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House considers bill to change ‘Columbus Day’ to ‘Indigenous Peoples’ Day’

  • Cowasuck Band of the Pennacook Abenaki People Chief Paul Pouliot stands on a fishing and observation deck along the Winnipesaukee River in Franklin. Pouliot called the creation of the Columbus Day holiday in the early 20th century a mistake. Monitor file



Monitor staff
Thursday, January 11, 2018

An effort to rename “Columbus Day” as “Indigenous Peoples’ Day” reached the New Hampshire House on Wednesday, bringing a long-standing debate over history and culture before the Legislature.

House Bill 1604 would amend RSA 288:1, which lays out legal holidays, specifying that the second Monday in October be called “Indigenous Peoples’ Day.”

“Columbus Day,” named for the Italian explorer Christopher Columbus, who landed in the Bahamas in 1492 and set off a spate of European colonization of the Americas, has long come under fire. Historians have said Columbus initiated a genocide against natives of Hispaniola, currently the site of Haiti and the Dominican Republic. In recent years, activists have accused the U.S. holiday of glorifying Columbus’s atrocities and ignoring the accomplishments of the Native Americans that preceded him.

Renaming the holiday “Indigenous Peoples’ Day” and removing reference to the explorer helps amend for that oversight, advocates say. U.S. cities and towns have unilaterally changed the name since 1992; today, the states of Alaska, Hawaii, Oregon and South Dakota have also amended their official references.

But the movement has been accused by others of unwarranted political correctness, and Italian-Americans say it erases a cultural holiday they have made their own.

In New Hampshire, the conversation has been relatively muted. But in September 2017, Durham became the first town in New Hampshire to adopt the holiday name change on its own. The town had recently come under national scrutiny for a mural in its post office depicting a massacre perpetrated by Native Americans, which many deemed reductive.

Now, a state representative from that town, Rep. Wayne Burton, D-Durham, is co-sponsoring the bill to make the change statewide.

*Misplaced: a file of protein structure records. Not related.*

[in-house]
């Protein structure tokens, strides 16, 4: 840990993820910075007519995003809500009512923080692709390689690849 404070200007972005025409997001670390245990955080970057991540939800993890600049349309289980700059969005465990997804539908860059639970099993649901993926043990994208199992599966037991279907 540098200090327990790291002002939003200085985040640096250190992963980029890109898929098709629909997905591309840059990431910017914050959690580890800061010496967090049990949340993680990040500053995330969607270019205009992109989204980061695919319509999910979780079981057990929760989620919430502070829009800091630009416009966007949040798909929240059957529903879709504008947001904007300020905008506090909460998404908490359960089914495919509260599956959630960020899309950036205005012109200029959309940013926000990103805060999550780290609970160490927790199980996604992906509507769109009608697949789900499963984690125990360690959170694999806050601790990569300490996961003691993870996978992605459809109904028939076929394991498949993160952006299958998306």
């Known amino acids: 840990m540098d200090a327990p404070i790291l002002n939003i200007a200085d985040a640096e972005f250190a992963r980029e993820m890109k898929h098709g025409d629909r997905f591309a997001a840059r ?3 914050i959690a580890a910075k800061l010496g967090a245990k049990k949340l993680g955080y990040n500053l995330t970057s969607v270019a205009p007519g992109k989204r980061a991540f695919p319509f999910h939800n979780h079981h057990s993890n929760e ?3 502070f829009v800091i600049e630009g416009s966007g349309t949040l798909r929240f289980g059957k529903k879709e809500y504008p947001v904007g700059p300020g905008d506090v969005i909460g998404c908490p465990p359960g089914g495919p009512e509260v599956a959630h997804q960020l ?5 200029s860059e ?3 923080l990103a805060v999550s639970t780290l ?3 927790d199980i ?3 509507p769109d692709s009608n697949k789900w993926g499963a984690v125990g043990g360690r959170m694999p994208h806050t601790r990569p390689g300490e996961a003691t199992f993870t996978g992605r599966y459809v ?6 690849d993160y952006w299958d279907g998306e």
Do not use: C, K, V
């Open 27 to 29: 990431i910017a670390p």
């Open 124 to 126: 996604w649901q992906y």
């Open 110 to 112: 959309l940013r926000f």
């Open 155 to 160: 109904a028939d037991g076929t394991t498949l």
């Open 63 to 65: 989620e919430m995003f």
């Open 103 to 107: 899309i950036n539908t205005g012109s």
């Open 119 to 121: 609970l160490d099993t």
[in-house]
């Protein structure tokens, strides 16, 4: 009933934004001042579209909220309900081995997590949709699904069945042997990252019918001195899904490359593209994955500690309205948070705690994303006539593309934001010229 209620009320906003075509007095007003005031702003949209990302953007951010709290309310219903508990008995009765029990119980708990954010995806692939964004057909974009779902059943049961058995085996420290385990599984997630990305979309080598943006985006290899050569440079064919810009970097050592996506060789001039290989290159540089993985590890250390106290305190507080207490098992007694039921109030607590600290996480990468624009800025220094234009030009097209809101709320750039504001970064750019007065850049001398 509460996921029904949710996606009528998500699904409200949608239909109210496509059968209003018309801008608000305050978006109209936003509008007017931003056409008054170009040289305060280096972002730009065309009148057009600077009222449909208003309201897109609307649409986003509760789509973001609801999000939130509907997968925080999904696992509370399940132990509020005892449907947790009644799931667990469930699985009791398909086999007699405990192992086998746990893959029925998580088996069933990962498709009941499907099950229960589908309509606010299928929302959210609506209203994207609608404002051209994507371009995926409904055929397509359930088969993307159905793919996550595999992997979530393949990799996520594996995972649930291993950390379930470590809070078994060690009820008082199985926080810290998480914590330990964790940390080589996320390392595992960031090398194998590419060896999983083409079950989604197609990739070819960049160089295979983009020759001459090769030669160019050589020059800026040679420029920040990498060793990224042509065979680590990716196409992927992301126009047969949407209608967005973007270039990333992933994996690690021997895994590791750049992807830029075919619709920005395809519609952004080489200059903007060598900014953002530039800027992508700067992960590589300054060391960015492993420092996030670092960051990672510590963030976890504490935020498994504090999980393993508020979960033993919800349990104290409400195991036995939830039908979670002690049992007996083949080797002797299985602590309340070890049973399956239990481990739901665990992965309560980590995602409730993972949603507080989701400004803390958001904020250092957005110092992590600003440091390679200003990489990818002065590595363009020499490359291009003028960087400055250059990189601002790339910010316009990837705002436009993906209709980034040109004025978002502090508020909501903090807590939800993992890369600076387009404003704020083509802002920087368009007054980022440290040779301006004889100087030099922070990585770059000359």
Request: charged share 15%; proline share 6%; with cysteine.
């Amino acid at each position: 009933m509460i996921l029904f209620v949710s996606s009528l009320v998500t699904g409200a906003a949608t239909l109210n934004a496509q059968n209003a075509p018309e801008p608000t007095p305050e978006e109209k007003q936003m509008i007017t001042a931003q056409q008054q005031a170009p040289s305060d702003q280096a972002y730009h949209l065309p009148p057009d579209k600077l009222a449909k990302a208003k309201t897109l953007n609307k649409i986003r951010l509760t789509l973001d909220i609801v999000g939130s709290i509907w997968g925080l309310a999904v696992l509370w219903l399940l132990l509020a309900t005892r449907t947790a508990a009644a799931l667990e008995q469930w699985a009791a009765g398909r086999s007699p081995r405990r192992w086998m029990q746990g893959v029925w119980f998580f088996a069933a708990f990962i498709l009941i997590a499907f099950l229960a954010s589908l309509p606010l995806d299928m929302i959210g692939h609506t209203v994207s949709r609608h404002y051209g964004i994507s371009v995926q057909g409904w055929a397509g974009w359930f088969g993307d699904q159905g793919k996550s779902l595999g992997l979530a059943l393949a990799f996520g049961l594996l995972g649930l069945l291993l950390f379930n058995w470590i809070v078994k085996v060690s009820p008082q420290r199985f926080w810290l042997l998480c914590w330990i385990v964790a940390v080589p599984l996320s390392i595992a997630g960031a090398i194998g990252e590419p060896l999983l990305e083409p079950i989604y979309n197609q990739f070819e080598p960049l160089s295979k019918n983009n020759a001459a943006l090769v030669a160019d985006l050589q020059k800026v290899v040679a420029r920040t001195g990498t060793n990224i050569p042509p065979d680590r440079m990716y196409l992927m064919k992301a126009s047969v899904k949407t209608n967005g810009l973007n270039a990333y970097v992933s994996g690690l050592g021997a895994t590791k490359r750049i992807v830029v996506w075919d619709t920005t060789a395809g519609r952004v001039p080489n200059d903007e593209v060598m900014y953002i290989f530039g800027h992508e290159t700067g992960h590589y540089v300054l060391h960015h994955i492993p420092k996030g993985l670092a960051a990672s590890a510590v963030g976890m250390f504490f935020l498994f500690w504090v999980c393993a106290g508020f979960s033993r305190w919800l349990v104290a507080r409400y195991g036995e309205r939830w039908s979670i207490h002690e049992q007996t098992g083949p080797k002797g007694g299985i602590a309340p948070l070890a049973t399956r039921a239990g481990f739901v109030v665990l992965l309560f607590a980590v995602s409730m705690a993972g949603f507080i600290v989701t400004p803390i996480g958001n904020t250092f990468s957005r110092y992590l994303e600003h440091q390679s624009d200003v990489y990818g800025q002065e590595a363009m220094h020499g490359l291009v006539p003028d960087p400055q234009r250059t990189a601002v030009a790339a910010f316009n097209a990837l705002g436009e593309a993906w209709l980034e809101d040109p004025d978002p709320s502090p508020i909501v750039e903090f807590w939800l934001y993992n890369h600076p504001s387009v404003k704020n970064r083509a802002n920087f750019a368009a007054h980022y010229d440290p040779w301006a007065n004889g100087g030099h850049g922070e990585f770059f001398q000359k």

“We were really concerned about the image of the post office,” he said of his hometown. “What arose from that is the fact that we don’t celebrate the lives of the indigenous people who were there before us.”

Waiting outside a House Executive Departments and Administration committee hearing Wednesday, advocates characterized the name change as an important step.

Paul Pouliot, president of the Cowass North America group and a Pennacook member himself, called the creation of the Columbus Day holiday in the early 20th century a mistake.

“Society always changes,” he said. “Heroes and holidays are always awarded after wars. Let’s get real: Columbus would have never met the standard for a holiday if it were today.”

Instead, Pouliot recommended Amerigo Vespucci, an Italian who sailed around South America and lent his name to both continents, as a more appropriate hero.

His wife, Denis Pouliot, also a Pennacook, agreed.

“It’s about correcting history. This is about raising our children with the truth. We want the truth to be told; I’m tired of being lied to, aren’t you?”

But Rep. Al Baldasaro, a Londonderry Republican who is himself Italian-American, called the name change an affront to his own culture.

“I see this as a slap in the face to Italian heritage,” he said. “I look at this as political correctness, I look at this as a city and town trying to hide the history of our great country.”

Baldasaro said that he would support a separate holiday celebrating indigenous people, but called Columbus Day a tribute to the plight of Italian-Americans in the 19th century. And he said Columbus’s actions should be hailed and scrutinized, for good and for bad.

The bill is in the early stages of its potential journey. But Burton said submitting the bill was important however it fares.

“I don’t know the chances of this bill,” he said. “But what I do know is that legislation is also used to raise awareness.”

(Ethan DeWitt can be reached at edewitt@cmonitor.com, or on Twitter at @edewittNH.)